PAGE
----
You probably already know that fitness is vital to physical and mental health. But how do you define fitness? Are you fit if you regularly exercise for at least 30 minutes per day, five days per week, as recommended by the Centers for Disease Control and Prevention? What if you “eat the rainbow” of fresh produce, as advocated by the American Heart Association? While these are undoubtedly important steps toward becoming fit, they don’t entirely define what it means to be healthy or how to know when you get there. According to the Encyclopedia of Behavioral Medicine, fitness is determined by how well a person moves through their daily activities.

Below, our resident Medical Director Dr. Naueen Safdar offers insight into what it means to be “fit” and how to improve your fitness for better overall wellbeing.

Ease of task completion

When you’re fit, getting through the day feels relatively easy. You can move from one task to another without much trouble and perform optimally. You might still need rest breaks, but they’re short, and you are soon ready to get going again. You don’t struggle physically or mentally with completing your daily activities.

Little to no impact from pre-existing conditions

It’s possible to get fit even if you have a pre-existing condition. When you achieve fitness, these conditions are well-managed and under control. They don’t significantly impact your day-to-day life, and you are confident that you aren’t worsening them as you go about your day.

Less stress and fatigue

Getting fit can do wonders for your mental health. People who are fit report feeling less stress throughout the day. They tend to be more motivated, less tired, and experience a greater sense of positivity than those who are less fit.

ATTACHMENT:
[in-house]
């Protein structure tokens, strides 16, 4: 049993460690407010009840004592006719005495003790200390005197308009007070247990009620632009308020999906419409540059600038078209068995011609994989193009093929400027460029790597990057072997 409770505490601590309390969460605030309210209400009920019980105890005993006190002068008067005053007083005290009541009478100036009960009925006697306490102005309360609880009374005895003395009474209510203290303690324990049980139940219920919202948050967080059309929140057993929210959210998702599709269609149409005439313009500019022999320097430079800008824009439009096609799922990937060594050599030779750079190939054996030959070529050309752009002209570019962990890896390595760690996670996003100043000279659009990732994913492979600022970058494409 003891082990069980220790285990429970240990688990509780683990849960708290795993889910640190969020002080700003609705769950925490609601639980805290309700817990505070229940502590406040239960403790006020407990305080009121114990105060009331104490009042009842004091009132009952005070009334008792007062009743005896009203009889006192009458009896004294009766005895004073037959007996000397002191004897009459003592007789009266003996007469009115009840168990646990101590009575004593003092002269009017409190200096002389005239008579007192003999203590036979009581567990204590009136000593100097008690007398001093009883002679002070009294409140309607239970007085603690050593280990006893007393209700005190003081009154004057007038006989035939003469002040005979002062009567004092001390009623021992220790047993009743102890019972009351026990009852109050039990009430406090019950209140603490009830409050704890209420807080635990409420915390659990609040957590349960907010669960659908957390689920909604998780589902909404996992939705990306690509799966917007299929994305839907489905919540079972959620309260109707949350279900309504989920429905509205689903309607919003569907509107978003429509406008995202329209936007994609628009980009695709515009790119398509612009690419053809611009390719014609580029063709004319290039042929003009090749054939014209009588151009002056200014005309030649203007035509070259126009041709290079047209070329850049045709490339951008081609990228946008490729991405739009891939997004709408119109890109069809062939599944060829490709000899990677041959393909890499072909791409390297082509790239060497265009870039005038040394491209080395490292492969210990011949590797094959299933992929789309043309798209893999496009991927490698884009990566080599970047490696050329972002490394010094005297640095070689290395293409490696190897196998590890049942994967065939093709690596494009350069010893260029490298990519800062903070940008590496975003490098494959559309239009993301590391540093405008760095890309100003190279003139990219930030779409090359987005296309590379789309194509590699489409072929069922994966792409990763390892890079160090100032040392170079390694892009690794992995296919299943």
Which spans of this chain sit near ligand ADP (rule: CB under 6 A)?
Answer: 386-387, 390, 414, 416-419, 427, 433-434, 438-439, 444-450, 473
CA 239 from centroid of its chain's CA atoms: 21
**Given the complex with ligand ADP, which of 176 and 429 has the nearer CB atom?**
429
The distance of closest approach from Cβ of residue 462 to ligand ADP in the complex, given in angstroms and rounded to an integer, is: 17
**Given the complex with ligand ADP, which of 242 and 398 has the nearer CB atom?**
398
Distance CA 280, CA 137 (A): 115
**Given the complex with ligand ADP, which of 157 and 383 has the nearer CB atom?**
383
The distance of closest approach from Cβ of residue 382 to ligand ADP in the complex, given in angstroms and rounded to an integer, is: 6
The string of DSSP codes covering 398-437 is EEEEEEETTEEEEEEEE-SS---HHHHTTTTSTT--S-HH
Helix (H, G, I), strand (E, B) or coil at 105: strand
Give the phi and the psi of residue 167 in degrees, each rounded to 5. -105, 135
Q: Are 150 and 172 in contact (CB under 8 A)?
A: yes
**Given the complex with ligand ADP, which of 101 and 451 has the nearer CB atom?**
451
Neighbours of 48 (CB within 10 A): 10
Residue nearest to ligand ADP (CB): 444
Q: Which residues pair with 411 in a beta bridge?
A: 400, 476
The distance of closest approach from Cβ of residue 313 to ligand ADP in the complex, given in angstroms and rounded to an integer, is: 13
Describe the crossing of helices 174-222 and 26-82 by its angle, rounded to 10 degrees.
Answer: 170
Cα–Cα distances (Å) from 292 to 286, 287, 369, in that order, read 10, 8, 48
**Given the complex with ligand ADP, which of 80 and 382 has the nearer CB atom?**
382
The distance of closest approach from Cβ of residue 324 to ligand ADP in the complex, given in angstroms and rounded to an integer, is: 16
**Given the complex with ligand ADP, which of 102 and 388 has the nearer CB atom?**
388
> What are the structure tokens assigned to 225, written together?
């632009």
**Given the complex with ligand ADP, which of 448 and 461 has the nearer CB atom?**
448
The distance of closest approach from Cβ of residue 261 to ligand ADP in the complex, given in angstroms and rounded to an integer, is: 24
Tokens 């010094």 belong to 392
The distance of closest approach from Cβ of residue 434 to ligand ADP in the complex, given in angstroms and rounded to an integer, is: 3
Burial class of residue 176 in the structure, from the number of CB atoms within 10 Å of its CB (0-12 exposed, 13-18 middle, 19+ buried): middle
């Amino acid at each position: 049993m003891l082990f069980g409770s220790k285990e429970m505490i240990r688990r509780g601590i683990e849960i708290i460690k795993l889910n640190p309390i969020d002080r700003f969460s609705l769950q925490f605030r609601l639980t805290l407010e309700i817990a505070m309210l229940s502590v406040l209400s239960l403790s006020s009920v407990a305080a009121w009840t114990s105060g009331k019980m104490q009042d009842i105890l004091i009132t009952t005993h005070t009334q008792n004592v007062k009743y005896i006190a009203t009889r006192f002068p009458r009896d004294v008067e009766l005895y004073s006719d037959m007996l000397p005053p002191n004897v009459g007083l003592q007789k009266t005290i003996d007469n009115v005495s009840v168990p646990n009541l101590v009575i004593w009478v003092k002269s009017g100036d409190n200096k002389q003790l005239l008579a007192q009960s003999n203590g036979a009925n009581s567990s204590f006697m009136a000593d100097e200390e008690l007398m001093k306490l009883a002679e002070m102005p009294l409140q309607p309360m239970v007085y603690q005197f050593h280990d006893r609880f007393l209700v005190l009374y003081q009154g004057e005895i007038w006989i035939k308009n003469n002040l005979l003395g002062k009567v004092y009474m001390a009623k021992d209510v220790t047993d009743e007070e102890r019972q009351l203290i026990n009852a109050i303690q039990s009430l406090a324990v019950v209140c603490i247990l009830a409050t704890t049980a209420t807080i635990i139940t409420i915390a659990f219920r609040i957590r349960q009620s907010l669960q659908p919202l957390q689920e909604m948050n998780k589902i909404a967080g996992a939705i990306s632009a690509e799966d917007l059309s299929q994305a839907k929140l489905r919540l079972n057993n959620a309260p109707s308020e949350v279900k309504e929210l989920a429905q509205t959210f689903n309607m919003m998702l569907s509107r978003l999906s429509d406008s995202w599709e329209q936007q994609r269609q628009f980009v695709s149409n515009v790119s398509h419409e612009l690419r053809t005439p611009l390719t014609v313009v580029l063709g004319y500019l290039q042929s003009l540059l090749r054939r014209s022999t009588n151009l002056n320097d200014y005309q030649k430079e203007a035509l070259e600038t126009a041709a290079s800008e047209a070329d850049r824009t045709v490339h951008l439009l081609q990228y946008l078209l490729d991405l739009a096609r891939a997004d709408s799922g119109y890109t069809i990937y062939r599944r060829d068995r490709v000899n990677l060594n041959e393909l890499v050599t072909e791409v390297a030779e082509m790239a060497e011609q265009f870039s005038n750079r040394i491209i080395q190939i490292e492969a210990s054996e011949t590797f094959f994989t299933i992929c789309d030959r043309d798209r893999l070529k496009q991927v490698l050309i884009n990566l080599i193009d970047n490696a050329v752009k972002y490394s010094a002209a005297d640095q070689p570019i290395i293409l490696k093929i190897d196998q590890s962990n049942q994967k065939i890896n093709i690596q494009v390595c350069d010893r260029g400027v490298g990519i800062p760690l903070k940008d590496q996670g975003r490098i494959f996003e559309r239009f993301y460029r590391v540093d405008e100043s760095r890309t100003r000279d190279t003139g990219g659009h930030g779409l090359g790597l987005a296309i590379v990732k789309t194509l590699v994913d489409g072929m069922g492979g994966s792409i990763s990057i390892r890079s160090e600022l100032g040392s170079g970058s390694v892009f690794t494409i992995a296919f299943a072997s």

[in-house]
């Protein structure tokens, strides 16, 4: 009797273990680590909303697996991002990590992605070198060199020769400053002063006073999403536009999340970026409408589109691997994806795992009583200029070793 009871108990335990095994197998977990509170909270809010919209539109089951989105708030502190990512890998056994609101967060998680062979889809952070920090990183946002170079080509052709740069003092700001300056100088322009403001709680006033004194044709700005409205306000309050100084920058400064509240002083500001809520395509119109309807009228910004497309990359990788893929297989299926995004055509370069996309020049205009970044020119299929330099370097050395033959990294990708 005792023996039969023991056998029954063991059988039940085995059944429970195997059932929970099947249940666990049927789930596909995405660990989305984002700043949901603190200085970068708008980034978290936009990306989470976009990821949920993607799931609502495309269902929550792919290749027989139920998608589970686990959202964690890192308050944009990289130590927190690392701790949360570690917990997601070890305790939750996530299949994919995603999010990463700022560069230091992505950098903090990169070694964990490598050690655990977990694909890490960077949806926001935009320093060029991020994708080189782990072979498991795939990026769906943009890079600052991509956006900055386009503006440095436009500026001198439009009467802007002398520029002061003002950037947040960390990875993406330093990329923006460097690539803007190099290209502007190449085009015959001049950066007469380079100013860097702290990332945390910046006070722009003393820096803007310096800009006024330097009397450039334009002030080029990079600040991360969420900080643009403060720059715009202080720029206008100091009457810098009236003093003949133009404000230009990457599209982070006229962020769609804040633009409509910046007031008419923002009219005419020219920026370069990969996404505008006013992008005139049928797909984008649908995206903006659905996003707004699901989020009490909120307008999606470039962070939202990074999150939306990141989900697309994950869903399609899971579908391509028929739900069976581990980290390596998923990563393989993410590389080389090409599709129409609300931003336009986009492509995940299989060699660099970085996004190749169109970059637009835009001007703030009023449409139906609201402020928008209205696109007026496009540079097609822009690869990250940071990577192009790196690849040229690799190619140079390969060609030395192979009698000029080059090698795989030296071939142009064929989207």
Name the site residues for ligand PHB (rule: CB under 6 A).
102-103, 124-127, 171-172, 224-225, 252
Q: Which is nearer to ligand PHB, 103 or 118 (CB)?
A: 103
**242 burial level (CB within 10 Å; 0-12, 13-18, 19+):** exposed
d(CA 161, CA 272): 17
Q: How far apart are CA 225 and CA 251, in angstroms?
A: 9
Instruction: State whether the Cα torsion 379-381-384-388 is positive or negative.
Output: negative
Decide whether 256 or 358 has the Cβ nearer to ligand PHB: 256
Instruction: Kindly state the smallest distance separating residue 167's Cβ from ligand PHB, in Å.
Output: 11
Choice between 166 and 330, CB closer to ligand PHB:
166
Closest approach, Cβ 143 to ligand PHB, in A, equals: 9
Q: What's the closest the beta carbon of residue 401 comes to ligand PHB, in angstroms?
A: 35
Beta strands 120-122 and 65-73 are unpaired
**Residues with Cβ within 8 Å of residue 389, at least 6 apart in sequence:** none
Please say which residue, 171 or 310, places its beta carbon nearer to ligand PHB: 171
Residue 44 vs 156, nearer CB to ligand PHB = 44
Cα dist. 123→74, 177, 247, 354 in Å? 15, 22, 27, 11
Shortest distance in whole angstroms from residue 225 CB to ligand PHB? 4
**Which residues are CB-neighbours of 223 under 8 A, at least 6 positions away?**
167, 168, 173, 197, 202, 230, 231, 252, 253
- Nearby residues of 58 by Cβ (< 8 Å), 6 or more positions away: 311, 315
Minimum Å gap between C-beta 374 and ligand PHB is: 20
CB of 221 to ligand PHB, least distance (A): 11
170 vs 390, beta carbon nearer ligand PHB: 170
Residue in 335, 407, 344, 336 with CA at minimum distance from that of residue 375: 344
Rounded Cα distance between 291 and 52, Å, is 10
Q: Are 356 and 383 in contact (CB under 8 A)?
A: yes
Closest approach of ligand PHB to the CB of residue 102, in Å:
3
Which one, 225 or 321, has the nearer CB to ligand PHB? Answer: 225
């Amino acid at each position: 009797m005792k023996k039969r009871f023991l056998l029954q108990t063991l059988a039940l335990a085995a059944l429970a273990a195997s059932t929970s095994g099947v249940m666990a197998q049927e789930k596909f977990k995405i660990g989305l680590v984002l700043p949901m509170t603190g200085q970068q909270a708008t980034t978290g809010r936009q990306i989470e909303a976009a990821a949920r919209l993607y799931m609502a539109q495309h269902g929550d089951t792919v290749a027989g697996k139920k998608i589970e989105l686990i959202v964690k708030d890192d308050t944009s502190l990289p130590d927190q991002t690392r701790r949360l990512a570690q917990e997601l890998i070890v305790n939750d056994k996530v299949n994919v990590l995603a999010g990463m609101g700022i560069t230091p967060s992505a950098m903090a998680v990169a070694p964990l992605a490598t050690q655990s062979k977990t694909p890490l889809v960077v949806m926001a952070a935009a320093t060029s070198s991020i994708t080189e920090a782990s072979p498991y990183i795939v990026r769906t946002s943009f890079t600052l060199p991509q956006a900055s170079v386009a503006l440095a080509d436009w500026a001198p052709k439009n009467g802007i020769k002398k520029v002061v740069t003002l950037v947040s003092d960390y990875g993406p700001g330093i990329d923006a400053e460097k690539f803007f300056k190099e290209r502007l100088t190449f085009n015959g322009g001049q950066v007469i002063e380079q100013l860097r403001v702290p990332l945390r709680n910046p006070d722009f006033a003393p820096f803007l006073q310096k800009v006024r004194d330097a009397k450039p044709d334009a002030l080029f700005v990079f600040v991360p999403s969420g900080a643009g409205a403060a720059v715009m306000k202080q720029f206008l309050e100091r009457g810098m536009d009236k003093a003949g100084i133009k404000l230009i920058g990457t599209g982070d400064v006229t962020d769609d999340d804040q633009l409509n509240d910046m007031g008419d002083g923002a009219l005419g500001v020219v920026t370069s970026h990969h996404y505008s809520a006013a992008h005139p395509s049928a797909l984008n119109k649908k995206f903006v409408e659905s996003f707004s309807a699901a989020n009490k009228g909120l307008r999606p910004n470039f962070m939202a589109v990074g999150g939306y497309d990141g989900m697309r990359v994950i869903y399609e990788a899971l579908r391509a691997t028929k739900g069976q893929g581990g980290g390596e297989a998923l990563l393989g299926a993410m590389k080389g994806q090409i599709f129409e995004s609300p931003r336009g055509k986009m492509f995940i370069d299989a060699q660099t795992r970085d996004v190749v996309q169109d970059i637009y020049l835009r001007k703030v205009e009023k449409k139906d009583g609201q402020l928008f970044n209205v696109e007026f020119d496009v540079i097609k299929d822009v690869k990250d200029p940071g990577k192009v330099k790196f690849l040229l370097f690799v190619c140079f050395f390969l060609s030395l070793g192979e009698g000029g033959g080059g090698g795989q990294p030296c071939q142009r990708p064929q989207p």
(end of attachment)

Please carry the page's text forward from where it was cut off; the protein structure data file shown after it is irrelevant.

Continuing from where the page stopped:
Increased energy and productivity

Newton’s first law of motion states that a body at rest will remain at rest, while a body in motion will remain in motion unless acted upon by an outside force. While this law refers to the principles of physics, it is also remarkably applicable to human behavior. The urge to sit on the couch or in your favorite recliner can be strong when you’re not fit. But the process of getting fit requires you to get your body moving. Once you reach peak fitness, you will be used to moving around and getting things done. You’ll naturally want to do more and accomplish more, causing your productivity to skyrocket.

Individual considerations

Of course, fitness is highly personal. Everything from your genetics to your age to your overall state of health can affect your individual peak fitness level and the best path to get there. Don’t try to compete with fitness influencers or anyone else. Talk to your doctor about what fitness looks like for you and how you can safely and effectively achieve it. Getting fit takes time and effort, but most people find the rewards are well worth it.